When the home stadium feels like enemy territory, it can be difficult on the team.

Last week, during a two-game home series, Cubs fans seemed to have taken over Tropicana Field. Chris Archer, in fact, commented on feeling as though he were playing a road game at home.

Those two, rare, Cubs games represented an extreme of visiting fandom, but those games were hardly unique. For those of us living the Tampa Bay area and rooting for local teams, finding ourselves a minority in our own stadiums and arenas is not unusual. As Rays fans we are especially accustomed to finding a sea of Yankees or Red Sox jerseys at the Trop when those teams come to town. Because the Rays have struggled with low attendance, these lopsided baseball crowds have drawn particular notice, as Archer’s comments suggest.

But the Rays are not alone. The Tampa Bay Lightning — a team incidentally that has had on-ice success as well as strong attendance in recent years — were concerned to see choice seats for playoff games filled by fans wearing jerseys of opponents like the New York Rangers and the Chicago Black Hawks. In both 2015 and 2016, they restricted sales of tickets based on zip code (saying they would help Lightning fans living elsewhere make their online purchases) and also had a sort of dress code banning those sitting close to the ice from wearing jerseys of the visiting teams.

2015 NHL Stanley Cup Final - Game Two
Photo by Bruce Bennett/Getty Images

The Tampa Bay Buccaneers are also taking measures this year, although unlike the Lightning their approach disadvantages their season ticket holders, not their team’s ticket sales. Ostensibly to ensure a stadium with supportive fans, they are cracking down on season ticket holders who have sold many of their tickets in past year, with some losing their season ticket plans. At the same time the Bucs are making it more difficult for current ticket holders to use secondary ticket outlets to re-sell unwanted tickets.

Tampa Bay is not the only place whose sports franchises have grappled with the issue of opposing fan attendance. I have attended games elsewhere (a Camden Yards game against the Red Sox; a Phillies home game against the Washington Nationals) where one would have had trouble distinguishing the home team. And at least two NFL teams have imposed zip code restrictions on playoff ticket purchases.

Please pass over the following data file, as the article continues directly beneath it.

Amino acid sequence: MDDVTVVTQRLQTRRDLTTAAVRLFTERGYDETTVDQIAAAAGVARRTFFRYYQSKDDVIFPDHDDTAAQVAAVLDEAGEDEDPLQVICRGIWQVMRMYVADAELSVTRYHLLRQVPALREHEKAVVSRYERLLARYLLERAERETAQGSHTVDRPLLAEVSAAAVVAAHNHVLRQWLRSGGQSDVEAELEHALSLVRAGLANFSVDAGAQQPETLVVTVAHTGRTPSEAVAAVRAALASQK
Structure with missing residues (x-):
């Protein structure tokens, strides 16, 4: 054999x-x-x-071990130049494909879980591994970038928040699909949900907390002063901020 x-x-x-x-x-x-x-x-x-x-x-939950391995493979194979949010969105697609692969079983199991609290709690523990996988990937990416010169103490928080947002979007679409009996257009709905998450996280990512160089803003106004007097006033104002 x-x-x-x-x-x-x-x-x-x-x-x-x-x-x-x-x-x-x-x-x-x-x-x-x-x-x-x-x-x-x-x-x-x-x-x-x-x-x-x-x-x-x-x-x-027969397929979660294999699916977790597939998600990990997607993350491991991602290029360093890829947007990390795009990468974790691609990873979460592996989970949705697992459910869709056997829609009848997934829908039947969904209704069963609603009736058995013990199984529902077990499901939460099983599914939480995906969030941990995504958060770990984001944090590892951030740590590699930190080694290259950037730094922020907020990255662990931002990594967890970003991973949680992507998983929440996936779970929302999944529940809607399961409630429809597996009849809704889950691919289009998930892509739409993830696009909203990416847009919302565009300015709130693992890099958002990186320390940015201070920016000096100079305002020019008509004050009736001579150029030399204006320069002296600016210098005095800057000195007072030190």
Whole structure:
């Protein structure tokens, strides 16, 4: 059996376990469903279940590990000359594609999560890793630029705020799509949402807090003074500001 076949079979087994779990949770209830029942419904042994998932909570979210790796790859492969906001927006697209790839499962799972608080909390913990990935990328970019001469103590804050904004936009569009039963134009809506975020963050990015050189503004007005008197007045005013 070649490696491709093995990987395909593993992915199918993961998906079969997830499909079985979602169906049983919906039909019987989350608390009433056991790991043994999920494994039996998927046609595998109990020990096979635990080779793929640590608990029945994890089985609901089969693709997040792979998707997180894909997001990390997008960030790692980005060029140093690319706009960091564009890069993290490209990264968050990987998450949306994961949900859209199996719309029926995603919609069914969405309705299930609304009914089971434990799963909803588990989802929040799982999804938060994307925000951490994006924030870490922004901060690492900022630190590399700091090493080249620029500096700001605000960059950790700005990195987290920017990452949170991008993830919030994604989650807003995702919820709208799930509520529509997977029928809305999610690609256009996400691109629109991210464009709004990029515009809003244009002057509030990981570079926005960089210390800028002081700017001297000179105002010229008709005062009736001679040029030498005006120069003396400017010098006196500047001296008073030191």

There could be legal concerns about this approach. It is hard to imagine that publicly financed sports facilities can discriminate against ticket buyers based on zip code. But no one has tested this in court, and if they did, no doubt the case would be decided long after the games in question had been played.

Boston Red Sox and Tampa Bay Rays
Photo by Joseph Garnett Jr. /Getty Images

But Tampa Bay has a perfect storm of demographic factors that make this issue especially acute. Our population grows every year (we gained another 58,000 residents in 2016, many from the northeastern and midwestern cities where our sports rivals play, and probably all came with their Bears jerseys and Blue Jays caps tucked neatly into their U-Hauls). Many come here in middle age or after retirement, when their preferences are well set. And finding large communities of like-minded fans reduces the incentive to adopt a new team in order to fit in with the neighbors. Indeed there is even academic research suggesting that people don’t readily change team allegiance when they move; if your region is largely comprised of people from elsewhere it may be hard to generate a loyal fanbase for the local franchise.

If they are baseball fans they can feed their fandom with spring training and minor league games in Lakeland, Tampa, Dunedin, Clearwater, Bradenton and Sarasota. There are few other regions where a home team must compete with the organizational outposts of their rivals.

Adding to the many fans of visiting teams who live here, we also find those who travel here to see their teams. The Tampa-St. Pete area is a popular tourist destination, especially in winter and spring, and our sports ticket prices are sometimes significant lower than those in other facilities. It is not uncommon for fans from other areas to plan a vacation here and include a game or series where they can see their hometown team.

Given the tendency of opposing fans to make a loud impression at Tropicana Field, should the Rays take steps to limit their access to tickets and their visibility?

Of course it would not make much economic sense for the Rays to do this during the 81 game regular season. The Rays need derrieres in chairs, and it would be very bad for business to make it harder for anyone to attend a game. Although I cringe to see Jeter jerseys and Red Sox hats, I remind myself that every beer these folks drink will help the Rays extend Blake Snell or, even, dare I suggest, sign Shohei Otani.

But would this be feasible or desirable in postseason play (and yes, I am assuming there will be postseason games to worry about at some point)?

Would you support efforts by the Rays to limit access by opposing fans, at least in any postseason play? Take our poll and offer your thoughts in the comments.


Article first appeared on www.draysbay.com